Archive for March, 2011

PostHeaderIcon He’s A Real Cool Dude: Postmortem Changes In Body Temperature

While we’re alive our body temperatures are determined by metabolism. After we bite the big one, things change, drastically. At death, our bodies begin to cool, eventually reaching the temperature of the surroundings. And that cooling process has often been used to help determine the time of death (TOD).

However, investigators should not use the body temperature as the sole means of determining when a victim died. There are factors that could, and do, alter the natural cooling process.

After death, the body’s core temperature remains fairly constant for a couple of hours. Then it begins to cool by radiation, conduction, and convection, at a rate of 1.5 degrees per hour, until it reaches the ambient temperature—20-30 hours later.

But there are many factors that come into play that could alter the body temps even before death occurs, such as:

- Consumption of drugs, extreme physical activity, and fever could all increase the body temperature.

- Hypothermia could lower the body temperature.

These factors would change the length of time it takes a body to reach the surrounding air temperature.

When the “moment” does arrive and the victim succumbs to wounds, illness, or natural death, there are factors that may affect the cooling rate, such as:

- Ventilation: A room that’s well-ventilated could actually speed up the rate of cooling by increasing the rate of evaporation.

- Humidity: A body in a humid location cools at a slower rate than one in a hot, dry climate.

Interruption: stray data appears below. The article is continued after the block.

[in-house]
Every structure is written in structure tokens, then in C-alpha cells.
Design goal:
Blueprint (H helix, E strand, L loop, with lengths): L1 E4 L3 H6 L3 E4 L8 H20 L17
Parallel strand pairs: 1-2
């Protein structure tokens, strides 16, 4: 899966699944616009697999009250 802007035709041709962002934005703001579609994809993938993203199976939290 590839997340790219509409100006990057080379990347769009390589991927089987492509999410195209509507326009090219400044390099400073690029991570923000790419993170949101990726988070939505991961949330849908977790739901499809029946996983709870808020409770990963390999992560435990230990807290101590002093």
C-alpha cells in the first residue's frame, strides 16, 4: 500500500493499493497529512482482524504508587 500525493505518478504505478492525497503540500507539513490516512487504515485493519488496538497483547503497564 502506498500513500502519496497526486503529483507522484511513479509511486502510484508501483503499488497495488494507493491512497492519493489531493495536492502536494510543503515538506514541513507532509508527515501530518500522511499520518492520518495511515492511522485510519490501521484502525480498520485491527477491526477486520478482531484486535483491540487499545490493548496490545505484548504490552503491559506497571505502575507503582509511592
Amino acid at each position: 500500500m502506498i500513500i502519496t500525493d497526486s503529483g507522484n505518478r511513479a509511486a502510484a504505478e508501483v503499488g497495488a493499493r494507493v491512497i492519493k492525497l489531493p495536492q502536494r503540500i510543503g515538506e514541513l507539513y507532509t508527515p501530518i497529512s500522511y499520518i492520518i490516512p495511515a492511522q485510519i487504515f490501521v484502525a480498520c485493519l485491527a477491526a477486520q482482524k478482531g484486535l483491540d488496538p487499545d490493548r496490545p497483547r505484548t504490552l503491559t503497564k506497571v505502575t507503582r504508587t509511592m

- Insulation: A body that’s wrapped in something (including excess body fat) cools slower than one that’s left out in the open.

- Surface temperature: A body lying on a hot surface will cool at a slower rate than one that’s found lying on a cold surface.

And, of course, a body in a hot environment cools much slower than one found lying in a cold climate.

Finally, the rate of cooling also affects other “after death” processes, such as rigor mortis—heat speeds up rigor and cold slows it down.

By the way, other factors may also speed up rigor, such as extremely violent exertion prior to death, and alkaloid poisoning. Factors that could slow the rigor process are hemorrhaging by exsanguination and arsenic poisoning, to name a couple.

And…a rule of thumb for decomposition:

One week in air equals two weeks in water equals eight weeks under ground.

 

PostHeaderIcon He’s Running! – A Guide To Foot Pursuits

“I’ve got a vehicle stopped at 5th and Mockingbird Lane. Driver just tossed something from the window. Request back up…He’s running! I’ve got a runner!” Suddenly, the radio goes silent, but everyone knows exactly what’s going on. They’ve all been there and done that.

The patrol officer was in the midst of a traffic stop when the driver decided to abandon his car and head for the hills, or wherever it is they think they can go to avoid an arrest. So, Officer I. M. Fast (Well, that’s what’s on his name tag) shoves the shift into park and takes off after the wiry, tennis shoe-clad thug. For the record, the runners are always young, thin, in shape, and wearing tennis shoes. It’s never an easy-to-catch old fat guy in HushPuppies.